Tuesday, January 06, 2009

Donald Edwin Westlake Dies At 75

Mystery writer Donald Edwin Westlake, lauded as "master of comic capers" by The New York Times, died on New Year’s Eve at the age of 75. This successful author, specializing in crime fiction, has written over 100 books, five screenplays, and was the recipient of three Edgar Awards, the most prestigious award in the genre. In 1993, he was named Grand Master by the Mystery Writers of America. He won an Academy Award for a screenplay adaptation of The Grifters. Interestingly and surprisingly, these works were completed on manual typewriters.

Donald Westlake was an American novelist, and was born on July 12, 1933 in Brooklyn, New York. He has written over 100 novels and non-fiction books during his career that lasted more than half a century.

His books were characterized by quick dialogue, humor and fast-paced plots. He wrote under such pseudonyms as Richard Stark, Tucker Coe, Samuel Holt and Edwin West. His first novel, The Mercenaries, appeared in 1960. His most famous characters include Park, written under the pseudonym, Richard Stark, as well as the criminal character, John Dortmunder, appearing in the 1972 novel, Bank Shot. He produced five novels featuring Mitch Tobin, the unhappy investigator, under the pseudonym Tucker Coe. These books include Kinds of Love, Kinds of Death, Murder Among Children, Wax Apple, A Jade in Aries and Don't Lie To Me. He published 20 novels from 1962-1974 under his best known pseudonym Richard Stark, featuring the unrelenting thief, Parker. The majority of Westlake's novels were set in New York City.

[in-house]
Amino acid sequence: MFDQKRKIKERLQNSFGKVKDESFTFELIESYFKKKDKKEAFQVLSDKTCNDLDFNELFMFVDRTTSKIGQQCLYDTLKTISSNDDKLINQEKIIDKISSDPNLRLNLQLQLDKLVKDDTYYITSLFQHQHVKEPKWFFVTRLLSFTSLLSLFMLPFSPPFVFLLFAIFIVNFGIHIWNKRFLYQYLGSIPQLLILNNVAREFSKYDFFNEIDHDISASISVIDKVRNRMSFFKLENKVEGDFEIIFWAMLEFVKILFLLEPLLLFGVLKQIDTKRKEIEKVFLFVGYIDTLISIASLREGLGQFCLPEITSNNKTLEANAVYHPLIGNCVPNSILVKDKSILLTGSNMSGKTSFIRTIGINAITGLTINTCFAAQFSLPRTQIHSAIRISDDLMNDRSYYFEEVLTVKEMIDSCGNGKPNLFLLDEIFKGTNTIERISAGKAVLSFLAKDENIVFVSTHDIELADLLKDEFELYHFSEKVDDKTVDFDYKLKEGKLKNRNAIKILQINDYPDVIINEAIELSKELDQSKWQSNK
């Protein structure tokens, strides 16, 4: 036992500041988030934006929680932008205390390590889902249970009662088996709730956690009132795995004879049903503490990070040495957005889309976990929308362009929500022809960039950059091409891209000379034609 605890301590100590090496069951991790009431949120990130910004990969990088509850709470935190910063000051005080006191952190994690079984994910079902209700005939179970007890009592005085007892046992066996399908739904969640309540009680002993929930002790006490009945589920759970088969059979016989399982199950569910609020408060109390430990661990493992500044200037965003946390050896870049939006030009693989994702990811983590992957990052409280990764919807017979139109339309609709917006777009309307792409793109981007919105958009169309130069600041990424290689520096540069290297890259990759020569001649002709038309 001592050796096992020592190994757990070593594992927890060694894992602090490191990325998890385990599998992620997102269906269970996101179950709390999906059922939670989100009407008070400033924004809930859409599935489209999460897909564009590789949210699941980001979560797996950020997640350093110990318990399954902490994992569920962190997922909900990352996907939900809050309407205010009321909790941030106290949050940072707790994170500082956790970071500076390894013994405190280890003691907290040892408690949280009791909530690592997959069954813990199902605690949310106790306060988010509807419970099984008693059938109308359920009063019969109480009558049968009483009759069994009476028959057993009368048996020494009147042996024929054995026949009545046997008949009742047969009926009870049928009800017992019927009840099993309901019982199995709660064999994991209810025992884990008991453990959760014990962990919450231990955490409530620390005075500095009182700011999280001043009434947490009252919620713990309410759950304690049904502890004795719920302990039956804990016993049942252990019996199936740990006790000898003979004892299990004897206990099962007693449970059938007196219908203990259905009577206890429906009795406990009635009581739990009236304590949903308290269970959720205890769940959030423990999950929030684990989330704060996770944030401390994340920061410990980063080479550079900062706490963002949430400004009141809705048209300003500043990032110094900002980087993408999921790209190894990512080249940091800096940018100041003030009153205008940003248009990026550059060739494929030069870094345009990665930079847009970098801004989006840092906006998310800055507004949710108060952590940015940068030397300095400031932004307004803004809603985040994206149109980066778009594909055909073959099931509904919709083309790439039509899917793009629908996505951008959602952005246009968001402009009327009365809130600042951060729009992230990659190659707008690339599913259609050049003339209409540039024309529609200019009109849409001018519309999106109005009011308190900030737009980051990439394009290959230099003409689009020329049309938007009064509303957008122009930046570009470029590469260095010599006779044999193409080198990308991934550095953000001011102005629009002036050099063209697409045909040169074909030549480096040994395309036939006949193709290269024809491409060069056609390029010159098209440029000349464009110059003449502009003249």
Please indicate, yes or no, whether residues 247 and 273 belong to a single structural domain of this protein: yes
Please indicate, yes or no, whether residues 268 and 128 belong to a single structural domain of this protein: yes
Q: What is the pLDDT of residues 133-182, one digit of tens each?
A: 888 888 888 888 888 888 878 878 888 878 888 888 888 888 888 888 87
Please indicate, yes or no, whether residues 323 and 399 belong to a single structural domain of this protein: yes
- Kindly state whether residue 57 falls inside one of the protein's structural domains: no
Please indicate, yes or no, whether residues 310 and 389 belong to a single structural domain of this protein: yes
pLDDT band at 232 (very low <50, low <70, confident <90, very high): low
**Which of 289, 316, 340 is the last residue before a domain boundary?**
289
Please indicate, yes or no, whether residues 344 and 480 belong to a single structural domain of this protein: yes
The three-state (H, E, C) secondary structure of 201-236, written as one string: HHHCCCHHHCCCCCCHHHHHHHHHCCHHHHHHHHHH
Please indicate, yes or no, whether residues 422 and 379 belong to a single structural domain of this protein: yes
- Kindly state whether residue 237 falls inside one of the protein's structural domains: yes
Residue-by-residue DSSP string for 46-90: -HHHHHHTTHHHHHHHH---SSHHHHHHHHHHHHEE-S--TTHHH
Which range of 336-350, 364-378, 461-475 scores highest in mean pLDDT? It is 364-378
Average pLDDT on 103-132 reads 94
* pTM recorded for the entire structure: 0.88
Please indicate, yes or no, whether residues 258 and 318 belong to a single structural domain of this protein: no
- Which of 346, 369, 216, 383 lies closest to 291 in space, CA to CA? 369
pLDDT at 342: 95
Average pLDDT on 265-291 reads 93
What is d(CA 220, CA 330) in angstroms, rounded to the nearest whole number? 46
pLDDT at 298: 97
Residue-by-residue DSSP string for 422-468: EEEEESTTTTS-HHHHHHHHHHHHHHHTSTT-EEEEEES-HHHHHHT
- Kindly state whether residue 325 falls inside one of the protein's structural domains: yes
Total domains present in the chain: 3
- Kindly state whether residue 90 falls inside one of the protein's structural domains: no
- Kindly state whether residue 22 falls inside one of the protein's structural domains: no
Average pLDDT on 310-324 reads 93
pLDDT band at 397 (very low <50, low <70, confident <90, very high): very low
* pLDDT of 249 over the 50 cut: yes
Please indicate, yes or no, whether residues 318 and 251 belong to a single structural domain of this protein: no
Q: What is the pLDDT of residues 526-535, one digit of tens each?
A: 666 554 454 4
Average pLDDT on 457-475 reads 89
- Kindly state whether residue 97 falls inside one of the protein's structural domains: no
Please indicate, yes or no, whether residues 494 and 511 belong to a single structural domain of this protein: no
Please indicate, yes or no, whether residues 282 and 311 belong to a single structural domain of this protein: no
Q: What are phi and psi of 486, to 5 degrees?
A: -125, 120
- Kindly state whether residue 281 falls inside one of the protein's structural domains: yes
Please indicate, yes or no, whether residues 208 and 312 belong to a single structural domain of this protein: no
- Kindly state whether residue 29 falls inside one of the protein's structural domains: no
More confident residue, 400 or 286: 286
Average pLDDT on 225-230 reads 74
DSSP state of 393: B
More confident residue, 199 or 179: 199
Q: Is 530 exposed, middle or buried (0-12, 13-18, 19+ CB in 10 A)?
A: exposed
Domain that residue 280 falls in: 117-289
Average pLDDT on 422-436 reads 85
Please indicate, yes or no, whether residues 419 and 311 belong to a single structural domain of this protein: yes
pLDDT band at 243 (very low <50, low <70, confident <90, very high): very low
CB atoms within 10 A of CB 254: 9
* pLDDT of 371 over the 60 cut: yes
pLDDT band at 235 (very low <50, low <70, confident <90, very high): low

He will be greatly missed. His latest novel , Get Real , will be published in April 2009.

For more information, please visit the following website:

Official Site of Donald Westlake

If you are unable to find any of these books in the Jefferson County Public Library Catalog, you may be able to obtain them through Interlibrary Loan. Please visit the site for more information.

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